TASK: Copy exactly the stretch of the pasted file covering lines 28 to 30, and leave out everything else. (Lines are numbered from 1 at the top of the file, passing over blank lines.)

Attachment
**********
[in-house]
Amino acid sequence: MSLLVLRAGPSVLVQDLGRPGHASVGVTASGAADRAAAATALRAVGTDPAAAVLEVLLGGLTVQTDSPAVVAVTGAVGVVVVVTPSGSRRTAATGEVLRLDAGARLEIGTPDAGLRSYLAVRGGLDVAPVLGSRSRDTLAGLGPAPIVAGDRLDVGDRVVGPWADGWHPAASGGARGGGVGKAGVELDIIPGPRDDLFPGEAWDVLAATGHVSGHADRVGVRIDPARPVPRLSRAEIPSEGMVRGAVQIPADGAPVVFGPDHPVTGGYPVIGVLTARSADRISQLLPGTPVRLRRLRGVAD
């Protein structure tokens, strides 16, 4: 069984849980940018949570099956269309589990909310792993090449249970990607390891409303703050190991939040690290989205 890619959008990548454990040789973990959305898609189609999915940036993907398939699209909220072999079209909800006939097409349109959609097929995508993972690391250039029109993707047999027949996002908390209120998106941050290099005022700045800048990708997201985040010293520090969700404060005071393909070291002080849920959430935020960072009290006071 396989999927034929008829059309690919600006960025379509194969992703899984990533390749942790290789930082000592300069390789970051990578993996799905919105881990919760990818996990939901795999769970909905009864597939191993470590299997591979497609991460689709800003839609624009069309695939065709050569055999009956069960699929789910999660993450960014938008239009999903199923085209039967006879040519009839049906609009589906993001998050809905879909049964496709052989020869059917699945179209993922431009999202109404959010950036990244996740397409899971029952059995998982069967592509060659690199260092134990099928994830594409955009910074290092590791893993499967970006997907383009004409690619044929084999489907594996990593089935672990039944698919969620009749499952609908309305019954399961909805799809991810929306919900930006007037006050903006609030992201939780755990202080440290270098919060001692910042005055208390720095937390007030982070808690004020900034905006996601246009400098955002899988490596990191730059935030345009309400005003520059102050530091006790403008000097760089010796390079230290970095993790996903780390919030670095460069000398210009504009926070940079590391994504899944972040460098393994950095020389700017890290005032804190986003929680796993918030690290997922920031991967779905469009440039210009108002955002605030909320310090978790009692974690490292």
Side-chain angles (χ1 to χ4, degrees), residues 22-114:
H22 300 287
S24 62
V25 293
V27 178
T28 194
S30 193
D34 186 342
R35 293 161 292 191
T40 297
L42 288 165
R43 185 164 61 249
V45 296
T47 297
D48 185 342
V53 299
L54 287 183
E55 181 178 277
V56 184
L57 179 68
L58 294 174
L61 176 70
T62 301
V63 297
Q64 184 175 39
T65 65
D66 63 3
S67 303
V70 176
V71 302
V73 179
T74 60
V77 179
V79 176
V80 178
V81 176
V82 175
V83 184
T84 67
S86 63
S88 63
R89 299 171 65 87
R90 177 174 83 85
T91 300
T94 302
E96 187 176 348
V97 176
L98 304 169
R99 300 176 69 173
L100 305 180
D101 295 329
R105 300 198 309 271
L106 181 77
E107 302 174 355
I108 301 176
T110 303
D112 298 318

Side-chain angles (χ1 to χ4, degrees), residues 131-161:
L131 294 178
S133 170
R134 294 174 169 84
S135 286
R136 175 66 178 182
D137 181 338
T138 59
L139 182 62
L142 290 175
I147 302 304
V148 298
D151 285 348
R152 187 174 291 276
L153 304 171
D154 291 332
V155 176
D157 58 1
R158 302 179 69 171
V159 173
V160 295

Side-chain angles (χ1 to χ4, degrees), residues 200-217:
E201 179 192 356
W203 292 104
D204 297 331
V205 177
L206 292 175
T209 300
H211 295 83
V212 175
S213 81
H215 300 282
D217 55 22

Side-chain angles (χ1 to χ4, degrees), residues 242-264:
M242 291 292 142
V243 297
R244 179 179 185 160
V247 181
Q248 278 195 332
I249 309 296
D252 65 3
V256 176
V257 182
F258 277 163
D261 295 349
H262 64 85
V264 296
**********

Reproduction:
Q64 184 175 39
T65 65
D66 63 3